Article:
Biological methods for cell-cycle synchronization of mammalian cells

Biotechniques. 2001 Jun;30(6):1322-6, 1328, 1330-1. doi: 10.2144/01306rv01.


Understanding the molecular and biochemical basis of cellular growth and division involves the investigation of regulatory events that most often occur in a cell-cycle phase-dependent fashion. Studies examining cell-cycle regulatory mechanisms and progression invariably require cell-cycle synchronization of cell populations. Thus, many methods have been established to synchronize cells at specific phases of the cell cycle. Several of the common methods involve pharmacological agents, which act at various points throughout the cell cycle. Because of adverse cellular perturbations resulting from many of the synchronizing drugs used, other synchrony methods that involve less perturbation of biological systems, such as serum deprivation, contact inhibition, and centrifugal elutriation have a significant advantage. The advantages and disadvantages of these cell synchronization methods are discussed in this review.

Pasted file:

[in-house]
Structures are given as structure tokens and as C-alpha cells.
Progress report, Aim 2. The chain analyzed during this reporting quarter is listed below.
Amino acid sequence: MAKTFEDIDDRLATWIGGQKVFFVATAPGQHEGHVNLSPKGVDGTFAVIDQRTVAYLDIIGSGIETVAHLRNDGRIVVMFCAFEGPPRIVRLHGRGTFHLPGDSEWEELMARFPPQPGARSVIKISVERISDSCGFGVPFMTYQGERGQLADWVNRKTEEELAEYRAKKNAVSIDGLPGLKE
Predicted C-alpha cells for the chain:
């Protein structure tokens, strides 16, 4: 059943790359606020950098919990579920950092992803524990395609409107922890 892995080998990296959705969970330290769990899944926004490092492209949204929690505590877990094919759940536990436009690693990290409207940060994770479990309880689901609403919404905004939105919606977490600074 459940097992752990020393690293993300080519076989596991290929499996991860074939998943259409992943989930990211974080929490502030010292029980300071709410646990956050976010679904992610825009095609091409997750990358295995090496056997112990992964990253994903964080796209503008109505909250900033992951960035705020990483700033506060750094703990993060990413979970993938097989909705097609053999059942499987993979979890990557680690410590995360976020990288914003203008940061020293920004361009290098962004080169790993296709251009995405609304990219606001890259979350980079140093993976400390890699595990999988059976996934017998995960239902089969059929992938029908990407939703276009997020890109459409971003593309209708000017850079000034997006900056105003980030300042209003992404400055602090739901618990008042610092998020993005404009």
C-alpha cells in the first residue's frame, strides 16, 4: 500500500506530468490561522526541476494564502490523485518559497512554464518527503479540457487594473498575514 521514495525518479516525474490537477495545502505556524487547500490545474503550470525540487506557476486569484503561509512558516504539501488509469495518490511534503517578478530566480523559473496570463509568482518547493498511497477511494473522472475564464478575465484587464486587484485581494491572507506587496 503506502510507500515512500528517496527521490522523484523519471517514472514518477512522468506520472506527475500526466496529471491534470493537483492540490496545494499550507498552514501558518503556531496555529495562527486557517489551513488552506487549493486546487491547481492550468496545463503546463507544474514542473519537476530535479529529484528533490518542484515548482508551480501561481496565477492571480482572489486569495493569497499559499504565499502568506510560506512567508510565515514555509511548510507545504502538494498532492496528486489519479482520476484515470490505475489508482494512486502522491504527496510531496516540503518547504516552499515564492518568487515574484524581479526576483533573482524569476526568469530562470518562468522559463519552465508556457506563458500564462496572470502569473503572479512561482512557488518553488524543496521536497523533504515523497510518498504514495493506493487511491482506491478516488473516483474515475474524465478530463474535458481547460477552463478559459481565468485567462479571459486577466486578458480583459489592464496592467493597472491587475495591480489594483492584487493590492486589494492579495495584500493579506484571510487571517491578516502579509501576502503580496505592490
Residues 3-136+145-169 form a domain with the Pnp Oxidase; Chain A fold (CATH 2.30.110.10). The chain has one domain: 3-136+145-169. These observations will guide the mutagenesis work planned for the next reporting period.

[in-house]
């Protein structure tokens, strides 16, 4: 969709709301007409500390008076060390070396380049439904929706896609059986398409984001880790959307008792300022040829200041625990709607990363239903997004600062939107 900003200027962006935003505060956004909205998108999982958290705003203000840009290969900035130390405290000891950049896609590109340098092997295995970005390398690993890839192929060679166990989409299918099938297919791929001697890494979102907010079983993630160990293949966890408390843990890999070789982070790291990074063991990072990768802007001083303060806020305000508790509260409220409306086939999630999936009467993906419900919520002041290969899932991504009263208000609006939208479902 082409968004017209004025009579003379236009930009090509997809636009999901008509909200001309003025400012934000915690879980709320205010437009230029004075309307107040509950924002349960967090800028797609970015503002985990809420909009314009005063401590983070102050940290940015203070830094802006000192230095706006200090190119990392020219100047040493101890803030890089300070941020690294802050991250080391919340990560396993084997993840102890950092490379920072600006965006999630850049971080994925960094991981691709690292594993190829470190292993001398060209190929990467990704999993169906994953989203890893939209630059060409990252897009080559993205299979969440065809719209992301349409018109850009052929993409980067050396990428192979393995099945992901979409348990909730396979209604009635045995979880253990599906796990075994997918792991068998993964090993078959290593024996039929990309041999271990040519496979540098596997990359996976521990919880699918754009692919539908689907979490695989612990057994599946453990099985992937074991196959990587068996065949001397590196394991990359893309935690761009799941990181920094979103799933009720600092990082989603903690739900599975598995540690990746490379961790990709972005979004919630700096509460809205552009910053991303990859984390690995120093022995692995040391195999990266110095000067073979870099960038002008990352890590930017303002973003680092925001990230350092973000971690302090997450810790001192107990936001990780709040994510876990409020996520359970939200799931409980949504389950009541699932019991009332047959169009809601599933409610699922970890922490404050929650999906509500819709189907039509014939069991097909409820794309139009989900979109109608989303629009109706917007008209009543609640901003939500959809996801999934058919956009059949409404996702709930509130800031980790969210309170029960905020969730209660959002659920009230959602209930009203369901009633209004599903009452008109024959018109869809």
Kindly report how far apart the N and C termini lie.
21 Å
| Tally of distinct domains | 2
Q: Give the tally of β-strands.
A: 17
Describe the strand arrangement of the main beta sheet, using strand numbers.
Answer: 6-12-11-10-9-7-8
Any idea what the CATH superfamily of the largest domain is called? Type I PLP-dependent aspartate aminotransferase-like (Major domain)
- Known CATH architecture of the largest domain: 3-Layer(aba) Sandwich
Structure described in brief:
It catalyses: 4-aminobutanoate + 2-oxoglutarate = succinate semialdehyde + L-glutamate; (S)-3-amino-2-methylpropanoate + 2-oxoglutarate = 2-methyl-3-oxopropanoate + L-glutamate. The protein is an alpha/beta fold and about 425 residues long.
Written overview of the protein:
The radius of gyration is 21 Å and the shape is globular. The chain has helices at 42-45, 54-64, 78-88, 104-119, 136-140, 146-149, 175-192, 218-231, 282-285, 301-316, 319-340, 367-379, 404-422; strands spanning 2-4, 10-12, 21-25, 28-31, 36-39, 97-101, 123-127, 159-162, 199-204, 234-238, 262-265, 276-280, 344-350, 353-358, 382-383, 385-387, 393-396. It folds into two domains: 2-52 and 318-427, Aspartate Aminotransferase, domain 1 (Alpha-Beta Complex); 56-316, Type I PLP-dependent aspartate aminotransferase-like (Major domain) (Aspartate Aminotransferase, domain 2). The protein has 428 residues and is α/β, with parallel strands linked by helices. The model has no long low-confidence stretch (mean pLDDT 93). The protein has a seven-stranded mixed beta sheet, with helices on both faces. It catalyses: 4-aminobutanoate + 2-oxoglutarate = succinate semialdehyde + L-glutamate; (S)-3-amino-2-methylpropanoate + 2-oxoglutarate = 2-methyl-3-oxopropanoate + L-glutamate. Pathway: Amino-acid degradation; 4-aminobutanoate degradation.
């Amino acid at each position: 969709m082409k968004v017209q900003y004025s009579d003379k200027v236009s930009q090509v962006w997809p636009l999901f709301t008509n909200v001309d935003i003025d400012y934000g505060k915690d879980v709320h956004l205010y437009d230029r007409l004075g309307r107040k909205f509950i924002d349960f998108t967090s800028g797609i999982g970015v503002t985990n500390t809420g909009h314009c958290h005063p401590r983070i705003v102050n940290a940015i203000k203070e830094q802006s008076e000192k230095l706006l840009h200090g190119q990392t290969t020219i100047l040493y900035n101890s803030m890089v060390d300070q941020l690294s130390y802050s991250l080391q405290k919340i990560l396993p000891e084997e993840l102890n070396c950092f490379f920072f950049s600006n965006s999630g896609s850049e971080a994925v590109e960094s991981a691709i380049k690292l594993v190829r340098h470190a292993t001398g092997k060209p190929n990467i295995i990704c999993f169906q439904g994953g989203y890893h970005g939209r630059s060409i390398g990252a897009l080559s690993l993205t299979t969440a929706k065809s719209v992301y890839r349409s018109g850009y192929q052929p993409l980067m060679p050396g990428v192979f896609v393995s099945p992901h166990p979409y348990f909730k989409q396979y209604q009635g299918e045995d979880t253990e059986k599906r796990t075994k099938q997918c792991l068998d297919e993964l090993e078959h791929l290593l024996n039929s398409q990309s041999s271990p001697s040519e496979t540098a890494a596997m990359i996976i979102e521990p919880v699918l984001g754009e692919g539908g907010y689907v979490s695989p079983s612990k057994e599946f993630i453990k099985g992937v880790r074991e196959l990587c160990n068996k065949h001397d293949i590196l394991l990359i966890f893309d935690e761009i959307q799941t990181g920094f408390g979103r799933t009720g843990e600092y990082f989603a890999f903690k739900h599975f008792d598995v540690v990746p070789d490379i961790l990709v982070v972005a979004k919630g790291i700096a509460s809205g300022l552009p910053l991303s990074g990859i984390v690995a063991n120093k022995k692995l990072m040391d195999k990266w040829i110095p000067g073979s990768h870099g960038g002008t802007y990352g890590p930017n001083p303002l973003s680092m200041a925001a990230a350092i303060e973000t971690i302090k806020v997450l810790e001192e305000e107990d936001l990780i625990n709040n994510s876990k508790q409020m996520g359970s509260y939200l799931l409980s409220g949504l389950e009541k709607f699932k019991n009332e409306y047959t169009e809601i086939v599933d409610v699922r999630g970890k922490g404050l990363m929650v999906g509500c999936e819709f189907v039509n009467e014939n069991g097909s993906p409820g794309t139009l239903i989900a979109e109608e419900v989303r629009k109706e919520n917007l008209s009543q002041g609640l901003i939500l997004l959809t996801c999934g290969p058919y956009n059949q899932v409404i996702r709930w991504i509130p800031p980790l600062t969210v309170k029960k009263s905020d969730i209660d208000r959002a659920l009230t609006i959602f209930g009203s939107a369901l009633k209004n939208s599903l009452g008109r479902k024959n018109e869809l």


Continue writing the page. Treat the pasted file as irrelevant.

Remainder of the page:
Publication types

  • Comparative Study
  • Research Support, Non-U.S. Gov't
  • Review

MeSH terms

  • Animals
  • Cell Cycle* / drug effects
  • Cell Cycle* / physiology
  • Cell Separation
  • Cell Size
  • Cells, Cultured / cytology
  • Cells, Cultured / drug effects
  • Centrifugation
  • Contact Inhibition
  • Culture Media, Serum-Free / pharmacology
  • Eukaryotic Cells / cytology*
  • Eukaryotic Cells / drug effects
  • G1 Phase
  • Humans
  • Mammals / anatomy & histology*
  • Resting Phase, Cell Cycle
  • S Phase
  • Tumor Cells, Cultured / cytology
  • Tumor Cells, Cultured / drug effects


  • Culture Media, Serum-Free